Female Engineers

Say hello to Jamie, our newbie of the week

By Sarah Smith-Garrison • 03 July 2019

New to the industry

Jamie Sjouerman is 22 years old and new to the yachting industry. She is pursuing a career as an engineer. She has her AEC, PDSD, Elementary First Aid and several RYA qualifications, and is a former electrical and electronic engineering student.
We take 5 minutes with Jamie to get some advice for those starting out in the industry and see how she is getting on.

Q. How did you end up on the Cote d’Azur?
A. When first starting out on my journey in yachting, I found myself drawn to the South of France over other hotspots because I believed the string of ports along the coast, and their easy accessibility via train, would optimise dock walking and day work possibilities. I had also studied French in high school and fancied testing my language skills! The croissants were just an added bonus.

Q. How are you finding it as a female wanting to do a deck job in this industry, has the response been positive or are you finding it a struggle?
A. Honestly, the response has been more positive than I expected! Although I am often mistaken to be a stewardess, I usually enjoy the reactions when I say otherwise, and my CV has more often than not been received with praise.

Q. Any advice to those planning to take their STCW and start a career in yachting?
A. Stay HUMBLE! Nobody likes a greenie who acts like they know more than the veterans! The number one thing that will give you a leg up in this industry is to keep your eyes and ears open and your mouth closed.
As far as preparation goes, a concise and easy to read CV is important as it is the number one thing representing you.
Make sure you’re on the docks bright and early, with enough CVs printed and that you’re ready to work should you be lucky enough to land day work.
Be sure to remove your sunglasses when engaging in conversation with a potential employer!

Have a general idea of what you’re going to say before you approach a yacht, and don’t be shy to wave crew down.
Be polite to EVERYONE on the docks; it’s never a waste of time to chat with other yachties.
Do NOT approach a boat with guests on board! Tell-tale signs are flowers on deck, uncovered cushions and pristine crew.
Register with as many crew agents as possible and take the time to show face and prove to them your determination.
Last but certainly not least, join as many Facebook yachting groups as possible and turn their notifications on.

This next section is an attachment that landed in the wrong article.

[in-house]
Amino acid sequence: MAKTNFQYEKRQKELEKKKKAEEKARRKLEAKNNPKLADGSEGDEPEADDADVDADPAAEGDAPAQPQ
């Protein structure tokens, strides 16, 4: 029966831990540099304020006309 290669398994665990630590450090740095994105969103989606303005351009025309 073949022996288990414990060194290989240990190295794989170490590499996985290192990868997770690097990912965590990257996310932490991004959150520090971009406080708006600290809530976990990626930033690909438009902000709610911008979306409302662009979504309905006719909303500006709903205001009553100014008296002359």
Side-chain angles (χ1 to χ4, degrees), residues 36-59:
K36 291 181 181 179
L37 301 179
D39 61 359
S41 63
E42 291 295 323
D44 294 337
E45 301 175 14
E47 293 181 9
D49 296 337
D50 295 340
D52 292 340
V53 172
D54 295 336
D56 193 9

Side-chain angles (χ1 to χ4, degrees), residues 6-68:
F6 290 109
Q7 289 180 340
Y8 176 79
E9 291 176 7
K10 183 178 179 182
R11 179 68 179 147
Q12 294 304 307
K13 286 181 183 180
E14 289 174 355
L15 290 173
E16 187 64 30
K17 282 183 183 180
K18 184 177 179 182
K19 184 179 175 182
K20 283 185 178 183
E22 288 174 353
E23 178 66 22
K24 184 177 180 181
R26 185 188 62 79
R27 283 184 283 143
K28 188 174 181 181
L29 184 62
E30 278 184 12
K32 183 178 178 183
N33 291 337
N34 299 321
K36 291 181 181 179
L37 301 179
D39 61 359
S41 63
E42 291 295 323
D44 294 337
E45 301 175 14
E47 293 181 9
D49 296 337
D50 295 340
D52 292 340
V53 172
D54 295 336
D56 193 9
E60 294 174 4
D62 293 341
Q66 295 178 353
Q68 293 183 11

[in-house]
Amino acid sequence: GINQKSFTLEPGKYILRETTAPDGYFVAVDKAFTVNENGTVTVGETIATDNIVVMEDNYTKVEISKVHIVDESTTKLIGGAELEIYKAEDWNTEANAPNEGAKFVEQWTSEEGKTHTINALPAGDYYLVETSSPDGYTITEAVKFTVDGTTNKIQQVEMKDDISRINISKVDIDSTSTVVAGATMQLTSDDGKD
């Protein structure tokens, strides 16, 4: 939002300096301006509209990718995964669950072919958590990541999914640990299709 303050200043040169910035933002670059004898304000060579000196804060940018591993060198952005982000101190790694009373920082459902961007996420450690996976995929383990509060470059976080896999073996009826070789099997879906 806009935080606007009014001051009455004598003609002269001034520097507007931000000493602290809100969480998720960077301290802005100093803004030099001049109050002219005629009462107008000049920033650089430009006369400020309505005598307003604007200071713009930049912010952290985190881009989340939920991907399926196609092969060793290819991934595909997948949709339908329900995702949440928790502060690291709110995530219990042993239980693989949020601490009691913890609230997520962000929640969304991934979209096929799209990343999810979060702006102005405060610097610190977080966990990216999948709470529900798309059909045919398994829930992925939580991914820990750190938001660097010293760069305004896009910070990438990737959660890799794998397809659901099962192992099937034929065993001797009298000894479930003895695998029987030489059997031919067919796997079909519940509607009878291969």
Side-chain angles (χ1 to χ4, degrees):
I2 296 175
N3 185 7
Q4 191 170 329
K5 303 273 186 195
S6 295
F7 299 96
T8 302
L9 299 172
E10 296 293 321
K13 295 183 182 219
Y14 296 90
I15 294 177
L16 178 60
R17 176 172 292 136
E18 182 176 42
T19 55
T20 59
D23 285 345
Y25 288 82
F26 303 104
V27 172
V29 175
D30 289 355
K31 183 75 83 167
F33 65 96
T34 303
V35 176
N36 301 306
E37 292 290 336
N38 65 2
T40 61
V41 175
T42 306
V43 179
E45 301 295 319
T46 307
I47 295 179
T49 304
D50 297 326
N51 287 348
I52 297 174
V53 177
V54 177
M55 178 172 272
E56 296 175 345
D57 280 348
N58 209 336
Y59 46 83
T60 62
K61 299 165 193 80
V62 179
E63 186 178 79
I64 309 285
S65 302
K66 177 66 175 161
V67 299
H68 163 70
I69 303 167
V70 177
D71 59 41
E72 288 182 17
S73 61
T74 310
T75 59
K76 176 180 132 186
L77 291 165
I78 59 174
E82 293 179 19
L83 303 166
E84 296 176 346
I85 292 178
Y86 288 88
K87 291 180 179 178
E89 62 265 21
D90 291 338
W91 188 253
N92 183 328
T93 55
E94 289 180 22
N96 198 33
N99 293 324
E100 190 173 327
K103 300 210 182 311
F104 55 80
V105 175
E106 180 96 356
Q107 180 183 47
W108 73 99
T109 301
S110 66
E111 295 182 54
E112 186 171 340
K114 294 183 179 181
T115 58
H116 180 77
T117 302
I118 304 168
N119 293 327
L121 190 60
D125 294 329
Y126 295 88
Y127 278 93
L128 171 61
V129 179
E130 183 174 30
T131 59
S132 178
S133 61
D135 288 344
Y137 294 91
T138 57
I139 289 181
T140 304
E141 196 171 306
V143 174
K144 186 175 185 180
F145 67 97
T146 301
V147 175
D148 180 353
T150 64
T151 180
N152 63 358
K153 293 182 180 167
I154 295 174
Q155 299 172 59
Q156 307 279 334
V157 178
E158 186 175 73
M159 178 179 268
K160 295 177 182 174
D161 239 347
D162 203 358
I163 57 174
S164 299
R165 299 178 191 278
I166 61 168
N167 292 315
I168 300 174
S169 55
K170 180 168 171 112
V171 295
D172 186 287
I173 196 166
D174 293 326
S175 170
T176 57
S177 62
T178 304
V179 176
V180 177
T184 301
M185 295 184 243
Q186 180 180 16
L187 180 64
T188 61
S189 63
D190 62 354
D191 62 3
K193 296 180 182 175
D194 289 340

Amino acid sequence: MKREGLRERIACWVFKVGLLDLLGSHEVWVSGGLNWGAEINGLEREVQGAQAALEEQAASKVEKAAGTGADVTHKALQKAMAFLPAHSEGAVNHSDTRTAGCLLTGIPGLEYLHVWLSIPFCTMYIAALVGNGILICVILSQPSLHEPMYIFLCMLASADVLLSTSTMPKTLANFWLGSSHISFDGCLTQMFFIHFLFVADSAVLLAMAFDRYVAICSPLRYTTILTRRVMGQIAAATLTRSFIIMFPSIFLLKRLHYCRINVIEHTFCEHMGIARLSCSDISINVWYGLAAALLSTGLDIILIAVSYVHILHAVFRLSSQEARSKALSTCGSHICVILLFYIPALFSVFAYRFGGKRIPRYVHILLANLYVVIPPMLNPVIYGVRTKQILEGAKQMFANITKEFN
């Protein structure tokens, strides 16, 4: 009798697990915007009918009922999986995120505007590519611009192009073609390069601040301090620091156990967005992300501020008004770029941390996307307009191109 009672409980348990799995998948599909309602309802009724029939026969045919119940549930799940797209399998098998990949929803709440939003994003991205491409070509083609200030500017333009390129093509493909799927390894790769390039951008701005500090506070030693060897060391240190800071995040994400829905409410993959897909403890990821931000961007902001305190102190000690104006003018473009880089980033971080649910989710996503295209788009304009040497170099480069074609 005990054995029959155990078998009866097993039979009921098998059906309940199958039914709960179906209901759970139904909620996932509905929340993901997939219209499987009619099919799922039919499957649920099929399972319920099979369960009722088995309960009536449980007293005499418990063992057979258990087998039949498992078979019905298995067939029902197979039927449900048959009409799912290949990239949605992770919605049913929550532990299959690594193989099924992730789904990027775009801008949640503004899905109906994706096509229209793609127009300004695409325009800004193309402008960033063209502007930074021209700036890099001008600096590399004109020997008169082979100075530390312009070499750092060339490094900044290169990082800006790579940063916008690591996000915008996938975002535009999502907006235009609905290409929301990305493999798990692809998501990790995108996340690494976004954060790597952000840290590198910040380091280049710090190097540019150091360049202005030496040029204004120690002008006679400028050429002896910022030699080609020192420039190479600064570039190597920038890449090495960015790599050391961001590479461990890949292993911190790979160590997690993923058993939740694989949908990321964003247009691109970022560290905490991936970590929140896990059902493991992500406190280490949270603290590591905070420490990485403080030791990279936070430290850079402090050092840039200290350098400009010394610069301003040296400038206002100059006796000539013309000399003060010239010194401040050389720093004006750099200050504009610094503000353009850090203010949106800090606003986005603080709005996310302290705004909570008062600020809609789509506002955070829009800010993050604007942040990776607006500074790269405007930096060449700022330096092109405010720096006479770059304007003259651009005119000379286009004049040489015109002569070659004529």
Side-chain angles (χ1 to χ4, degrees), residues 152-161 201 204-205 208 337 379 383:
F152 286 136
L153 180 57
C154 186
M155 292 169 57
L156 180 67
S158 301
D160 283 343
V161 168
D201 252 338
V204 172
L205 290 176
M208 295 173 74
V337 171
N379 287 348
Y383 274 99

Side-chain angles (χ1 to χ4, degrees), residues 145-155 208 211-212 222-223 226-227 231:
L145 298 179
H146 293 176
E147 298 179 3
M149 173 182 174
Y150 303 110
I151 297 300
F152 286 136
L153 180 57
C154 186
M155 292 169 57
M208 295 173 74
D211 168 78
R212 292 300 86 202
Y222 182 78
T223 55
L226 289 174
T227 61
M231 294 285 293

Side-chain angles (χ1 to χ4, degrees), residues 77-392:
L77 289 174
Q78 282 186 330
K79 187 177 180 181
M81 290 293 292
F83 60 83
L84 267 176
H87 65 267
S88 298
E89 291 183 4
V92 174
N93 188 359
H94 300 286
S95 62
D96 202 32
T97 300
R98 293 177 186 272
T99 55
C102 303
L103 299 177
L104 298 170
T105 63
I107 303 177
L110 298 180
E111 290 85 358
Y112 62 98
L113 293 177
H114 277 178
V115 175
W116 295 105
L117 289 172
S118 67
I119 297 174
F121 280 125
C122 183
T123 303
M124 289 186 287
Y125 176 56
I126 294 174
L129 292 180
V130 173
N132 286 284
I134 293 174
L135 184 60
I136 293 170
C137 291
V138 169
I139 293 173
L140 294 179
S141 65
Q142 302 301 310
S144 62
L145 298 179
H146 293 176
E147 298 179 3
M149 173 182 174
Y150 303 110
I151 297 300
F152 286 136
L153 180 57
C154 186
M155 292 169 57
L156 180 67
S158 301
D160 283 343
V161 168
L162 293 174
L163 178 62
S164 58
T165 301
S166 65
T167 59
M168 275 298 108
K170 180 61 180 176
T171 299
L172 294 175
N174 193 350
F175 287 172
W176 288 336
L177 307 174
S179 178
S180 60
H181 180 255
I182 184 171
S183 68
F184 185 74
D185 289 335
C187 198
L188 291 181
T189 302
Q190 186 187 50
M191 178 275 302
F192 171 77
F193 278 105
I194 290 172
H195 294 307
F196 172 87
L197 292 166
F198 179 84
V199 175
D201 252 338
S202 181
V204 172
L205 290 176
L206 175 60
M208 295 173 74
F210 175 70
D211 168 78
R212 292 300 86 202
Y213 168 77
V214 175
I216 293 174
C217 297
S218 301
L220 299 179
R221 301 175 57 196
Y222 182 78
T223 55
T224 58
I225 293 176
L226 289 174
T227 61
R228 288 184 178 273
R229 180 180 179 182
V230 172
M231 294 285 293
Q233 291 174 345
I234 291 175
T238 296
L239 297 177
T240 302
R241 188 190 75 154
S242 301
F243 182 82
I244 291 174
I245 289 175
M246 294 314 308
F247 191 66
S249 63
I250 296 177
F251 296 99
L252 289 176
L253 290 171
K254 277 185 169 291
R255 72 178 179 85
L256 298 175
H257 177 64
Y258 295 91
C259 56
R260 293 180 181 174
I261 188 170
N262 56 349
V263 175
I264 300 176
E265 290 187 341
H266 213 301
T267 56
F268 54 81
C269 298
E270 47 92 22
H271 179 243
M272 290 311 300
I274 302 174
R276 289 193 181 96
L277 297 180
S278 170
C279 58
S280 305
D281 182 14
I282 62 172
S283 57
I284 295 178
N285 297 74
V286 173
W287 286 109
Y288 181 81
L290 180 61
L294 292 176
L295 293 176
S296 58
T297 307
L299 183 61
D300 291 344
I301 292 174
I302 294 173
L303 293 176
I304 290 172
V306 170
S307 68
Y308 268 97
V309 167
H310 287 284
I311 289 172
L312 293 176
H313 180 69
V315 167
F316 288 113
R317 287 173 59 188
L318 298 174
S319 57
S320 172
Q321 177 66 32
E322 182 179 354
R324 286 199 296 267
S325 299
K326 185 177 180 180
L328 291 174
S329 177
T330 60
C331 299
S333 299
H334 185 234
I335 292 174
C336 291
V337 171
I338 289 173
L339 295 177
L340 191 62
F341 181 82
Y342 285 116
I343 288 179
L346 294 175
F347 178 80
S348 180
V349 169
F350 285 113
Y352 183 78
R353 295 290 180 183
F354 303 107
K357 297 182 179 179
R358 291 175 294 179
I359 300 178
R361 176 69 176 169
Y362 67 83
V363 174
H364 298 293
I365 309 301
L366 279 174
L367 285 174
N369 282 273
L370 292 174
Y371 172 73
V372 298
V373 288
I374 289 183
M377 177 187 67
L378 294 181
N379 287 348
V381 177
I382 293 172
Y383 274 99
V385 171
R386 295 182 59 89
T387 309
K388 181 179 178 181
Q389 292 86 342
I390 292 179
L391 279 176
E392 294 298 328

Troll those pages and agency websites like your career depends on it!

Q. Have you managed to secure any daywork since arriving?
A. Yes, I think I’ve been one of the more successful greenies. Even though I am looking for a position as a deckhand/engineer, I kept all of my options open and have day worked in all areas on board. This has allowed me to befriend many crew members, as well as finance my journey a bit longer. Most of this day work was secured via Facebook.

Q. When are you finding the most positive response for approaching yachts?
A. Morning time has certainly been the most successful for me, although the exact time may be weather dependent. For example, crew tend to be up and working by 8am when the sun is shining, but may be a bit later if the weather is miserable.
Lunch time is for sure a no go, but an afternoon walk may secure you some work for the following day, so it’s always worth it!

Q. Have you found it easy to secure accommodation?
A. Yes fairly, I avoided crew houses from the get-go so as to save some cash, and since I was travelling with my partner, it made Air BnB’s a lot more cost effective. If you can round up some people, I would definitely recommend that, it made budgeting easier and we got to experience a few different suburbs. But if you don’t know anyone in the area, crew houses are a great way to network and make new friends.

Q. Any tips on being savvy with your spending whilst waiting to secure your first job?
A. If you have access to a kitchen, grocery shopping trumps pub grub! Try and plan some meals ahead or share cooking with friends. If you’re not too experienced in the kitchen, now is the time to pull out all those saved food videos. Keep your meals simple and wholesome, and TRY to keep the beers to a minimum! Networking in bars has yielded a lot of success for friends but you do not want to be THAT girl/guy!

Q. Is there anything you wish you had known before arriving to the South of France?
A. Before you leave, UNPACK HALF OF YOUR BAG.
Invest in a week pass for the train (ZOU! Hebdo, these can be personalised). Do NOT buy your SIM card at the airport, seriously.
Make sure all of your chargers fit European sockets.
Invest in polarised sunglasses.
Your feet are your most important asset, bring comfortable walking shoes.
Be prepared to be job hunting for a lot longer than you expect.
You WILL get tired, it’s just a test!

All good advice thankyou Jamie and good luck to you.